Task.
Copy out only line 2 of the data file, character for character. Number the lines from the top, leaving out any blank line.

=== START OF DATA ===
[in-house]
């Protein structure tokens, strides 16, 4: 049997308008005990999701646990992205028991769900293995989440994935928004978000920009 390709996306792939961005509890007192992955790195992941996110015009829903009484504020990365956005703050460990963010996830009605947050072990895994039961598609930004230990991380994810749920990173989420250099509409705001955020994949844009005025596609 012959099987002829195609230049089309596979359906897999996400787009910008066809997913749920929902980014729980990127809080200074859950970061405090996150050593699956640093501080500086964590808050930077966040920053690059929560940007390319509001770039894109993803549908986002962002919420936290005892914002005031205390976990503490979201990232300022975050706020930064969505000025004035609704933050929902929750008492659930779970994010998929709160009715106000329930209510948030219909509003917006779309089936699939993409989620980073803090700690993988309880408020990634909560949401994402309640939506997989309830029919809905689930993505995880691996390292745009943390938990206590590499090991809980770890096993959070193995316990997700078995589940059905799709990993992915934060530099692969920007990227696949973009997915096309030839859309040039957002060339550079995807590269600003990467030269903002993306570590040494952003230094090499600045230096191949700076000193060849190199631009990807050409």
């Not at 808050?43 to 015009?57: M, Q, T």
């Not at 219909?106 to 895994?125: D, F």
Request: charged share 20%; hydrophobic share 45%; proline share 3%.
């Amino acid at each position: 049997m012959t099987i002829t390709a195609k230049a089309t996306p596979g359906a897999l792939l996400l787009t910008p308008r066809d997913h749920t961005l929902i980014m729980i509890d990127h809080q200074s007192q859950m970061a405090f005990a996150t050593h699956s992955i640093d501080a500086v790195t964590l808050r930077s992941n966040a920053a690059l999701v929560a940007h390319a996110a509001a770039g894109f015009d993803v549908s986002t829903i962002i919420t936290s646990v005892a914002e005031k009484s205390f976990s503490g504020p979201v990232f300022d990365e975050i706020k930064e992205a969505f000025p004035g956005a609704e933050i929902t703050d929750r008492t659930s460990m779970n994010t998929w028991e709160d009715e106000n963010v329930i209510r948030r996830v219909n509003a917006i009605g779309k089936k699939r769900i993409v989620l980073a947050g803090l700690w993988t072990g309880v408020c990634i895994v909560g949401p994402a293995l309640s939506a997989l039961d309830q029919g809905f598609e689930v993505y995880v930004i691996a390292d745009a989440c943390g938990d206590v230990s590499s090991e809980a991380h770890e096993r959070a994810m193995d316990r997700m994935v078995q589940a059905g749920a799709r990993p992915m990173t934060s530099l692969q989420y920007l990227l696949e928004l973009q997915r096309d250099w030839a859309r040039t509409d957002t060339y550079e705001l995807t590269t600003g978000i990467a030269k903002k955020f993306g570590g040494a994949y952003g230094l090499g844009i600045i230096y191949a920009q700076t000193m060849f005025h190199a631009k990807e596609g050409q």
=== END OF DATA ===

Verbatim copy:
């Protein structure tokens, strides 16, 4: 049997308008005990999701646990992205028991769900293995989440994935928004978000920009 390709996306792939961005509890007192992955790195992941996110015009829903009484504020990365956005703050460990963010996830009605947050072990895994039961598609930004230990991380994810749920990173989420250099509409705001955020994949844009005025596609 012959099987002829195609230049089309596979359906897999996400787009910008066809997913749920929902980014729980990127809080200074859950970061405090996150050593699956640093501080500086964590808050930077966040920053690059929560940007390319509001770039894109993803549908986002962002919420936290005892914002005031205390976990503490979201990232300022975050706020930064969505000025004035609704933050929902929750008492659930779970994010998929709160009715106000329930209510948030219909509003917006779309089936699939993409989620980073803090700690993988309880408020990634909560949401994402309640939506997989309830029919809905689930993505995880691996390292745009943390938990206590590499090991809980770890096993959070193995316990997700078995589940059905799709990993992915934060530099692969920007990227696949973009997915096309030839859309040039957002060339550079995807590269600003990467030269903002993306570590040494952003230094090499600045230096191949700076000193060849190199631009990807050409």